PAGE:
In early 1965 he was transferred back to Celtic for £12,000 and it is very likely that the soon to be Manager, Jock Stein, had requested his return. The Scottish Cup Final that year saw Celtic pitted against the fine Dunfermline team of the era and even the most optimistic Celtic fan knew it’d be a battle. 108,800 supporters, the vast majority of them Celtic fans, filled the vast bowl of Hampden to see if Stein’s Celtic could succeed where McGrory’s teams had so often faltered.  It had been 8 long years since Celtic had won a major trophy but how they roared and sang as Celtic twice fought back from a goal down to balance the match at 2-2 in the final stages. Auld had scored both of Celtic’s goals and had slotted seamlessly into a midfield in which he and Bobby Murdoch pulled all the strings for Celtic. His first goal in front of a packed Celtic end was a breathless piece of action. A Charlie Gallagher shot had smashed the bar and spun high into the air with the goalkeeper stranded. Auld raced forward and outjumped the Dunfermline defender to head the ball home. The massed ranks in the Celtic end exploded in joy. He scored Celtic’s second goal after another fine move and the match entered its final phase with the cup still up for grabs. With just 9 minutes left the huge Celtic support watched a corner glide into the Dunfermline penalty box. Lennox looked certain to leap for it but a call behind him from McNeil saw the winger duck allowing the Celtic skipper to meet the ball imperiously with his head. It exploded into the Dunfermline net and Hampden erupted in sheer joy as Celtic finally broke through to take the lead. The cup was won on that bright day in April 1965 and Celtic looked to the future with renewed confidence. The following season they would be champions and set off on a remarkable period of success.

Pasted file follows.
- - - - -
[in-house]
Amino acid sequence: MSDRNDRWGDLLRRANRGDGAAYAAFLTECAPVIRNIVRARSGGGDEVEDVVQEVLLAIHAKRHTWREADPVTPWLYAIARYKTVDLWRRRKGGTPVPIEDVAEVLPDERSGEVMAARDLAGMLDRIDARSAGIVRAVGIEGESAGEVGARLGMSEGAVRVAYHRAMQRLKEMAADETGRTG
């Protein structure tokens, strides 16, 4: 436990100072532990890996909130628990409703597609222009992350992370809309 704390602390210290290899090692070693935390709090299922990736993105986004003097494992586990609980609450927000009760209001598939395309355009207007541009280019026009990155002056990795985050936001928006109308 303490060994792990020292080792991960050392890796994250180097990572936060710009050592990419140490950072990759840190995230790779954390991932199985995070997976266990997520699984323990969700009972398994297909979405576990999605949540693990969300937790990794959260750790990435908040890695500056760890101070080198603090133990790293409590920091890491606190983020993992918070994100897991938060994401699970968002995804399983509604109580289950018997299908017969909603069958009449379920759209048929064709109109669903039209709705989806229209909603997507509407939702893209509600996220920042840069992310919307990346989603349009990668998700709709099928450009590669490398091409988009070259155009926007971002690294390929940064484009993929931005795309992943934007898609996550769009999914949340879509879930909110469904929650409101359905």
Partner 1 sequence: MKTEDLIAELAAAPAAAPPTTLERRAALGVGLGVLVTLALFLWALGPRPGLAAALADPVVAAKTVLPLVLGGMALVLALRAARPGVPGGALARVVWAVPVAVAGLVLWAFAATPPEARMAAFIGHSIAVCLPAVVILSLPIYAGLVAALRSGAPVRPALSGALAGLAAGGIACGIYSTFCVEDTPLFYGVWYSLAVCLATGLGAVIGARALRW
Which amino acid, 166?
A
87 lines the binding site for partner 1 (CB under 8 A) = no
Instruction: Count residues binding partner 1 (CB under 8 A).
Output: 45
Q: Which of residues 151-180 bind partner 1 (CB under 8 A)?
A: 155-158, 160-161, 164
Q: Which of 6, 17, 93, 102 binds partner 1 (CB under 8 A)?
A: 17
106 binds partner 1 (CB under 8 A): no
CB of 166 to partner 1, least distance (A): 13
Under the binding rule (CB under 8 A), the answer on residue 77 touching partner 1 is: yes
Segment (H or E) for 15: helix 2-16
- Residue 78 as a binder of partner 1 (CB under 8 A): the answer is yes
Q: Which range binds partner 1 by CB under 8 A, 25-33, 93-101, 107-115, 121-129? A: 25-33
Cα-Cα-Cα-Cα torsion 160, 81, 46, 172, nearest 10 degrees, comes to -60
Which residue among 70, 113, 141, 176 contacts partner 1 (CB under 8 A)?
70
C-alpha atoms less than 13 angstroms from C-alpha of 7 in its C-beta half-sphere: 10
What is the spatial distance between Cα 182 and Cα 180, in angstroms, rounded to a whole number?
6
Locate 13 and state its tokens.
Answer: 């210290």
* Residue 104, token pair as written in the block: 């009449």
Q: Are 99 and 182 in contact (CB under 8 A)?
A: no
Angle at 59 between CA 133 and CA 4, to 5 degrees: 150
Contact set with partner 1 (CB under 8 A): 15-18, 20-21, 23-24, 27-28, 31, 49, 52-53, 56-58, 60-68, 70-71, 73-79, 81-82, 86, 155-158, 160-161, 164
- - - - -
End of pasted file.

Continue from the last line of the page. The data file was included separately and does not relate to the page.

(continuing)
The next few years saw Celtic gorge themselves on success. The hungry years of defeat and disappointment melted away as Stein’s side took Celtic to an unprecedented level of success at home and in Europe. Not only were Celtic winning regularly, they were playing attacking, entertaining football which won them admirers among those who love the game. The engine room of that fine side was Auld and Murdoch who would ping passes to a speedy and very effective forward line. Bertie had found his spiritual home. He was a Celt at heart and found in those exhilarating years the perfect team mates to help him shine.  Yes there were still flashes of his temper to be seen and he occasionally took retribution on the odd opposition player who overdid the rough stuff with him or his team mates. He was especially protective of Jimmy Johnstone who took some dire punishment in the more physical environment of 1960s football. Most famously he punched a Racing Club player who had spent the game kicking and spitting on Celtic players. Bertie then simply refused to leave the field when the very weak Referee sent him off. In the Alfredo Di Stefano Testimonial match against Real Madrid, Bertie and Amancio of Madrid went for a 50-50 ball. The Spaniard got a little upset at Bertie’s tough tackling and threw a punch. The Maryhill man answered that in the only way possible by returning the punch with interest. Both players were sent off.   But for most of that golden era he prowled the midfield and helped Celtic to glory using his footballing skills rather than his fists.